Even if you agree “there’s no money left”, there are other ways of addressing the problem. What about a crackdown on the estimated (by the Treasury) £40 billion cost to the UK from tax avoidance? (This was a promise in the LibDem election manifesto!)

    Can we really afford the extravagant plan to fund new “free schools”, even in areas where there are surplus places at existing schools?

    Can we afford to spend an estimated £50m on the plan for elected police commissioners?

    It seems as if money CAN be found but only for favoured Tory schemes!

  • The reason that we have such a reduced council/social housing stock is because of Thatcher’s obscene right to buy social engineering programme. Prior to that, it was perfectly possible for council tenants to apply for an exchange to more suitable accommodation anywhere in the country and actually get it! Thus geographical and social mobility was achievable because there were vast numbers of council homes for all types for people to swap. To achieve the flexibility council tenants had in those days we need to build vastly more state owned dwellings to free people from the fetish of private home ownership and huge mortgage debt. We need a state building programme of housing, don’t leave it to local councils most of whom are Blue or Orange Tory and the fiefdoms of local private builders. Furthermore, make it parasitic and illegal for council/social homes to be sold. They should be ringfenced for renting. I understand that Cameron has suggested that council tenancies could be reviewed every five years. What a stupid proposal. People who in those five years have done well for themselves and have got off benefits and improved their lot in life will lose their home; those who are stuck on benefits will be able to stay in their home. Yet another attack on the proletariat by the Blue and Orange Tories done by millionaires who don’t have to worry about having a roof over their head for life. Nauseating.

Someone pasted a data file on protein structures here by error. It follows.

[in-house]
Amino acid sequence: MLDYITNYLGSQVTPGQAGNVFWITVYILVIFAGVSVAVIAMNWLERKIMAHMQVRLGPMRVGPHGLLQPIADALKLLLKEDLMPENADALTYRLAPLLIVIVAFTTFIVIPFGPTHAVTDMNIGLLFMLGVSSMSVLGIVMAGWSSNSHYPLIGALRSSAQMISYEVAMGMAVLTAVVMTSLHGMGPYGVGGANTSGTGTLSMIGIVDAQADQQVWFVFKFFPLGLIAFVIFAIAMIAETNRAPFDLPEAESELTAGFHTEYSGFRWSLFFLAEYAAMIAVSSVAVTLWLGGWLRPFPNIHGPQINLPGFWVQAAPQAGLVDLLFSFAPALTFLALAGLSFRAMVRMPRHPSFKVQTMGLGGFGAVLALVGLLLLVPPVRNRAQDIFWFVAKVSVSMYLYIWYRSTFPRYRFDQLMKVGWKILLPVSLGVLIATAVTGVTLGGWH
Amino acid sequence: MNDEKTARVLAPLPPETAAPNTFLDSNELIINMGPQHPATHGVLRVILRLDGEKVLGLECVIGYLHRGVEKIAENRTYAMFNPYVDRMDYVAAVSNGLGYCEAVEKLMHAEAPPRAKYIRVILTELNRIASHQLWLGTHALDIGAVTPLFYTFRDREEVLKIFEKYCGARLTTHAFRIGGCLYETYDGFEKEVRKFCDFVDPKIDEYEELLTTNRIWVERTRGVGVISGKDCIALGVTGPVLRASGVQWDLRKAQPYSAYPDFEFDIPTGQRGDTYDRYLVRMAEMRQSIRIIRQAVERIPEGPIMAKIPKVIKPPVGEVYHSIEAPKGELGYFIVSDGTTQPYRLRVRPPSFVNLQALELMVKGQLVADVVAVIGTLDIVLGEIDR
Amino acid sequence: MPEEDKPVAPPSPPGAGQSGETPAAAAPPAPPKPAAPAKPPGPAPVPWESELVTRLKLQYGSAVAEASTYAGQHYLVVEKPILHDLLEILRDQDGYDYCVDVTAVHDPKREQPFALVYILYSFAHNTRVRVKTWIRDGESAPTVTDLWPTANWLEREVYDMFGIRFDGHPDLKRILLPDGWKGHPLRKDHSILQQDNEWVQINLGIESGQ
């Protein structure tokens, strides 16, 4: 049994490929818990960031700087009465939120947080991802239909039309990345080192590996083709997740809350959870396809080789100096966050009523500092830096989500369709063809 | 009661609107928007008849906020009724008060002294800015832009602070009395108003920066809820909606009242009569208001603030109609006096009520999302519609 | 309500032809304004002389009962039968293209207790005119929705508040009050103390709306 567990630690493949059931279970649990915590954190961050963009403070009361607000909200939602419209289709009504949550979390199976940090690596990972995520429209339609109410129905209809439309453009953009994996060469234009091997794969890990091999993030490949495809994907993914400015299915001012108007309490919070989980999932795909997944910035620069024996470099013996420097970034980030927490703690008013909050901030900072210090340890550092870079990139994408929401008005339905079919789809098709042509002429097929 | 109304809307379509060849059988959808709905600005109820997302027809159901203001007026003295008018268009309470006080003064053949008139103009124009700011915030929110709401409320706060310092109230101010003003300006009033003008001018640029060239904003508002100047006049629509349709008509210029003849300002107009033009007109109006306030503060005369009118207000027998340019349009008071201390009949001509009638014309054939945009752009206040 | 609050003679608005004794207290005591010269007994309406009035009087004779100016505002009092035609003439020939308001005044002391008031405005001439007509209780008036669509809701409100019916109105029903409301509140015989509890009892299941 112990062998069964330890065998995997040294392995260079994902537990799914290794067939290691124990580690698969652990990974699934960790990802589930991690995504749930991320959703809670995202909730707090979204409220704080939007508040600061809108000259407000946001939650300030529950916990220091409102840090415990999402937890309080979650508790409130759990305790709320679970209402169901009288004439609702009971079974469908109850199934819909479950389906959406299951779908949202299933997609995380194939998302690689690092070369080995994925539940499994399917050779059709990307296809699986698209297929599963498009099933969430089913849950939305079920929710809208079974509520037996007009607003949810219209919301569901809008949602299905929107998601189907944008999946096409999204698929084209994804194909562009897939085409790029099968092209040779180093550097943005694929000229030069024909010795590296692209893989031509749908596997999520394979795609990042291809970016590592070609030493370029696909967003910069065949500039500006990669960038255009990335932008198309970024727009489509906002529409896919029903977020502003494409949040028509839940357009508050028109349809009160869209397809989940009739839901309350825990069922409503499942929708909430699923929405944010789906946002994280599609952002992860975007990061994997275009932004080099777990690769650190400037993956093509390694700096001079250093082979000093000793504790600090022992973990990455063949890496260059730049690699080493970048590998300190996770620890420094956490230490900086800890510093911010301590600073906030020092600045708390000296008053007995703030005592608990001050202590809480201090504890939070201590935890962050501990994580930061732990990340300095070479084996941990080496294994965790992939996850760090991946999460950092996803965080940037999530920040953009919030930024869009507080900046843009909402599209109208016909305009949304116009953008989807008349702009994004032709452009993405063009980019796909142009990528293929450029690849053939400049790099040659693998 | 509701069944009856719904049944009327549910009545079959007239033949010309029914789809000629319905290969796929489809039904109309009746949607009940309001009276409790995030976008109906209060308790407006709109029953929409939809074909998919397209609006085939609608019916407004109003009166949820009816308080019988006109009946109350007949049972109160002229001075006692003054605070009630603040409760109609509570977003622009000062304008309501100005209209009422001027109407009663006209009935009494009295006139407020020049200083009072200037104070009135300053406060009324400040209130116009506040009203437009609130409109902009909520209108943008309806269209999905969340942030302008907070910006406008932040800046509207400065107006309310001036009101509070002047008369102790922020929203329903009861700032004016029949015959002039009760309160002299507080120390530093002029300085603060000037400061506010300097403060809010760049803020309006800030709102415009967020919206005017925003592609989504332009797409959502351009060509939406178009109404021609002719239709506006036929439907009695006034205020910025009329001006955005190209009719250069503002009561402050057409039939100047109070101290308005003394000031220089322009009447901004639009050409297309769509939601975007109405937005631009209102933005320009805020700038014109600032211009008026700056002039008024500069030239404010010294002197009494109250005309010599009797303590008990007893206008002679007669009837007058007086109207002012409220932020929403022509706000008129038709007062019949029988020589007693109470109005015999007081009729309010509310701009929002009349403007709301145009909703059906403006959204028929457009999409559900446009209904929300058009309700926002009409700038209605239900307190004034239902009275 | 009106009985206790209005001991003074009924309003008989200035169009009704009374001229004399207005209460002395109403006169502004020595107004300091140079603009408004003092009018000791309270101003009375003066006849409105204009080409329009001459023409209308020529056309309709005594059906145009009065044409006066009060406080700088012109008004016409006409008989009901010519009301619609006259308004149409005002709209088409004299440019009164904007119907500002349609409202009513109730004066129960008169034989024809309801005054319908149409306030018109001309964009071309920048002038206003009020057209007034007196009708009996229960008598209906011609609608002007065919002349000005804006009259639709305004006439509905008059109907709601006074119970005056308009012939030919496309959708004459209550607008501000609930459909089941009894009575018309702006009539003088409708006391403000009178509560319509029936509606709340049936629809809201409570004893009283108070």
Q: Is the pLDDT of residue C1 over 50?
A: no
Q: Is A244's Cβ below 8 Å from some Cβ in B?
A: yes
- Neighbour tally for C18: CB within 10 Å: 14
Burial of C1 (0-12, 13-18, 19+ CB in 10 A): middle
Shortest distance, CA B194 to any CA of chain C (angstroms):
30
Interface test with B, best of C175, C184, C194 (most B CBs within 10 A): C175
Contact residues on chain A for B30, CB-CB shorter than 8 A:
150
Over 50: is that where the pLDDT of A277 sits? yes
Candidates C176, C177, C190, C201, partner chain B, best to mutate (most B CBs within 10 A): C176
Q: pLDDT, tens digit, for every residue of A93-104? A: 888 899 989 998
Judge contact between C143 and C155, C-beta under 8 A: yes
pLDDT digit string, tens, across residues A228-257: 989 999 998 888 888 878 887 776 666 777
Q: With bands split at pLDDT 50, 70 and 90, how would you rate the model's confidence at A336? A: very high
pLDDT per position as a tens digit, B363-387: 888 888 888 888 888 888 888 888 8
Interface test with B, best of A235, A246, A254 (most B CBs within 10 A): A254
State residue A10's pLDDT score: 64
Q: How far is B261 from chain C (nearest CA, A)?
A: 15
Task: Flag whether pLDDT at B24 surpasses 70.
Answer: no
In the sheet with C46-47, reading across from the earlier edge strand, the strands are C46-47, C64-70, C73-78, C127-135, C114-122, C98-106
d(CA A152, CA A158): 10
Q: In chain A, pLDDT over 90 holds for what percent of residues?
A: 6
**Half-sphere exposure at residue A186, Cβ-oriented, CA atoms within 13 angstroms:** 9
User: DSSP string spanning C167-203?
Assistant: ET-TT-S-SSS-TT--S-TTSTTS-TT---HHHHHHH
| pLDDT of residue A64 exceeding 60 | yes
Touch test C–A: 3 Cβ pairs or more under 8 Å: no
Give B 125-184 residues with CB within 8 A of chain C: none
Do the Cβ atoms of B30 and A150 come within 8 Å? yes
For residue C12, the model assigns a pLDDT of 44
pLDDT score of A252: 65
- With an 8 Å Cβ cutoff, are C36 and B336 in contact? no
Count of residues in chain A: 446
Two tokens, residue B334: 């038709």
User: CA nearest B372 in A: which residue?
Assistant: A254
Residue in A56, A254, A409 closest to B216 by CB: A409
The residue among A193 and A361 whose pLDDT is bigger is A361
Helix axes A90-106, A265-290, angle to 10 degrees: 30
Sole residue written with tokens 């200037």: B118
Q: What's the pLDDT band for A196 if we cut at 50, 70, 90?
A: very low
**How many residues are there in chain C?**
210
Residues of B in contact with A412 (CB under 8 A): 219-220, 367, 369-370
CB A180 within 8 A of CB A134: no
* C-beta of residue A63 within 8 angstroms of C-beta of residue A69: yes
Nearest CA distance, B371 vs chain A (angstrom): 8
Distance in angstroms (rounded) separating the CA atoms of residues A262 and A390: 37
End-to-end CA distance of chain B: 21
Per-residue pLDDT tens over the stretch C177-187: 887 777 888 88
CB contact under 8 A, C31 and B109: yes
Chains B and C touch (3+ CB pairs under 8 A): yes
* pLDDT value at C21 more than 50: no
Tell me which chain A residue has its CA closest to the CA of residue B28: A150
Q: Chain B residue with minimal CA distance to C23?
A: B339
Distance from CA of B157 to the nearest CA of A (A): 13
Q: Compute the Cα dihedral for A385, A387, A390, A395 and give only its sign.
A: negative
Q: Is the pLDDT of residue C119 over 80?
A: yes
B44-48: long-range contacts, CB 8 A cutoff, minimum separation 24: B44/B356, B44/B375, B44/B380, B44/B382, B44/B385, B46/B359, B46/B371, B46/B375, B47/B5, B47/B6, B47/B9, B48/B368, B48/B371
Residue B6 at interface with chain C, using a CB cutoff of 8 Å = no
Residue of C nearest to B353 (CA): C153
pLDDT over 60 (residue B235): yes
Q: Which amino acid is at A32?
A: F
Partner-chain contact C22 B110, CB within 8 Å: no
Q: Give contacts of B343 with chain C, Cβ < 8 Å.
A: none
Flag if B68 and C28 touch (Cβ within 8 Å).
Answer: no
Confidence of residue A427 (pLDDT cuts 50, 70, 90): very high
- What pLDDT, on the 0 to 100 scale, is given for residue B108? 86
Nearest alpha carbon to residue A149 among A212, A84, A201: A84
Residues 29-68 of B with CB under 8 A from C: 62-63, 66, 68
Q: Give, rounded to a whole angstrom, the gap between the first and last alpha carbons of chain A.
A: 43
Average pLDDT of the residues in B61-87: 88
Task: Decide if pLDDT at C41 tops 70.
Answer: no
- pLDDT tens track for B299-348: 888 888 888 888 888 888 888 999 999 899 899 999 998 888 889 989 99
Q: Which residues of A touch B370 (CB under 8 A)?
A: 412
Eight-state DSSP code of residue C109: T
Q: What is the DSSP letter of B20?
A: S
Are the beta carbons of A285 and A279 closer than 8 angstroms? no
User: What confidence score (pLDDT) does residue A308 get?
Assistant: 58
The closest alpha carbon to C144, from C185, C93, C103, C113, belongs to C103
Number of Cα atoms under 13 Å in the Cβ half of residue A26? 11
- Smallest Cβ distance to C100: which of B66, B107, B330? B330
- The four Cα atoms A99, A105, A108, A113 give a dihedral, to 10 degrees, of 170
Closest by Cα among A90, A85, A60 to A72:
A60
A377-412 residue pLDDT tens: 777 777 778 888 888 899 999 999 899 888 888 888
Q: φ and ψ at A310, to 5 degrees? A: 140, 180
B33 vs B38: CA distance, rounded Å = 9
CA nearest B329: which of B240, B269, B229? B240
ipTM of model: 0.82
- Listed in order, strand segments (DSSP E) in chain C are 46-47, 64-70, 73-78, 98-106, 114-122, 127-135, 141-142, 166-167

• ‘Half Lib Dem MPs have opposed Cameron’s plan to end lifetime tenancies’

    Thank god for that, I was beginning to think I was in the wrong party, it’s nice to know that there are still some Liberals with a conscience in the Liberal Party.

  • John Richardson 9th Aug '10 - 2:48pm

    Don’t forget the Red Tories who did pretty much the same thing.